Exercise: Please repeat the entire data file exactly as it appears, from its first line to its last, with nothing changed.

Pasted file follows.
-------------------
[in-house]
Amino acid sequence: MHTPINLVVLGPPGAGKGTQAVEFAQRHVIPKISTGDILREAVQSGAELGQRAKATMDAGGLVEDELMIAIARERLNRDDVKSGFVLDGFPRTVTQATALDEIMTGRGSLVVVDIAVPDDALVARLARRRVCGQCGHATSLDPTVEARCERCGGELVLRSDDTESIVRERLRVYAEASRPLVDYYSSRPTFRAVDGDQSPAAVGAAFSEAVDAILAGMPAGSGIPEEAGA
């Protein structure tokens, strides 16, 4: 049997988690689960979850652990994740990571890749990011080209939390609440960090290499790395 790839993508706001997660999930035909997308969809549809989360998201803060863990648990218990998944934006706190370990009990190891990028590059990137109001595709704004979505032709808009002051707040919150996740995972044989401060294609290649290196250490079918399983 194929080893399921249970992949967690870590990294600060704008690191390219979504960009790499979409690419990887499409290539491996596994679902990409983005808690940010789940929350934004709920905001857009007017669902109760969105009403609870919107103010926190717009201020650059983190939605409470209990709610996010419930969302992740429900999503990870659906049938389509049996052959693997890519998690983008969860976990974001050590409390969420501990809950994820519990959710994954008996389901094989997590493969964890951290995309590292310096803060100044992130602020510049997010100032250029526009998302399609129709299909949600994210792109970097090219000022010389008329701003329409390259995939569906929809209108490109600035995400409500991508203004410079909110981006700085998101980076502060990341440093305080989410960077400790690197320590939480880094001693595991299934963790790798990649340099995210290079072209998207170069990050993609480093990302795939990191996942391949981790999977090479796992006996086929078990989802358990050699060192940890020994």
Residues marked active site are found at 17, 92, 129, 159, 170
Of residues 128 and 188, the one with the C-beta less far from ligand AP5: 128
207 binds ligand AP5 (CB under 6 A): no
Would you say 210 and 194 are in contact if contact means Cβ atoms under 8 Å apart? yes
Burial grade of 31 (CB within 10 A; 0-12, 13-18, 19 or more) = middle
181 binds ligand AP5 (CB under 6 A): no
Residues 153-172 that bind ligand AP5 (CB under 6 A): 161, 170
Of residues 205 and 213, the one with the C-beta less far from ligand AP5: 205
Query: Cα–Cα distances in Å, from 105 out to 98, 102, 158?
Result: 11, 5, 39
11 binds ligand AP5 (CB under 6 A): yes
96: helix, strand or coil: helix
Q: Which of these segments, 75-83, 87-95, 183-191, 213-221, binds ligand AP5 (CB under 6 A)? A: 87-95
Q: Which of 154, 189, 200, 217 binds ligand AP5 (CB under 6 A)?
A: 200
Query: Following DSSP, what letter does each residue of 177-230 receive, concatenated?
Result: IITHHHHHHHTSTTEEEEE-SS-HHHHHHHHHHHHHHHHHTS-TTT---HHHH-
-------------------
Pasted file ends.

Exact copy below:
[in-house]
Amino acid sequence: MHTPINLVVLGPPGAGKGTQAVEFAQRHVIPKISTGDILREAVQSGAELGQRAKATMDAGGLVEDELMIAIARERLNRDDVKSGFVLDGFPRTVTQATALDEIMTGRGSLVVVDIAVPDDALVARLARRRVCGQCGHATSLDPTVEARCERCGGELVLRSDDTESIVRERLRVYAEASRPLVDYYSSRPTFRAVDGDQSPAAVGAAFSEAVDAILAGMPAGSGIPEEAGA
């Protein structure tokens, strides 16, 4: 049997988690689960979850652990994740990571890749990011080209939390609440960090290499790395 790839993508706001997660999930035909997308969809549809989360998201803060863990648990218990998944934006706190370990009990190891990028590059990137109001595709704004979505032709808009002051707040919150996740995972044989401060294609290649290196250490079918399983 194929080893399921249970992949967690870590990294600060704008690191390219979504960009790499979409690419990887499409290539491996596994679902990409983005808690940010789940929350934004709920905001857009007017669902109760969105009403609870919107103010926190717009201020650059983190939605409470209990709610996010419930969302992740429900999503990870659906049938389509049996052959693997890519998690983008969860976990974001050590409390969420501990809950994820519990959710994954008996389901094989997590493969964890951290995309590292310096803060100044992130602020510049997010100032250029526009998302399609129709299909949600994210792109970097090219000022010389008329701003329409390259995939569906929809209108490109600035995400409500991508203004410079909110981006700085998101980076502060990341440093305080989410960077400790690197320590939480880094001693595991299934963790790798990649340099995210290079072209998207170069990050993609480093990302795939990191996942391949981790999977090479796992006996086929078990989802358990050699060192940890020994």
Residues marked active site are found at 17, 92, 129, 159, 170
Of residues 128 and 188, the one with the C-beta less far from ligand AP5: 128
207 binds ligand AP5 (CB under 6 A): no
Would you say 210 and 194 are in contact if contact means Cβ atoms under 8 Å apart? yes
Burial grade of 31 (CB within 10 A; 0-12, 13-18, 19 or more) = middle
181 binds ligand AP5 (CB under 6 A): no
Residues 153-172 that bind ligand AP5 (CB under 6 A): 161, 170
Of residues 205 and 213, the one with the C-beta less far from ligand AP5: 205
Query: Cα–Cα distances in Å, from 105 out to 98, 102, 158?
Result: 11, 5, 39
11 binds ligand AP5 (CB under 6 A): yes
96: helix, strand or coil: helix
Q: Which of these segments, 75-83, 87-95, 183-191, 213-221, binds ligand AP5 (CB under 6 A)? A: 87-95
Q: Which of 154, 189, 200, 217 binds ligand AP5 (CB under 6 A)?
A: 200
Query: Following DSSP, what letter does each residue of 177-230 receive, concatenated?
Result: IITHHHHHHHTSTTEEEEE-SS-HHHHHHHHHHHHHHHHHTS-TTT---HHHH-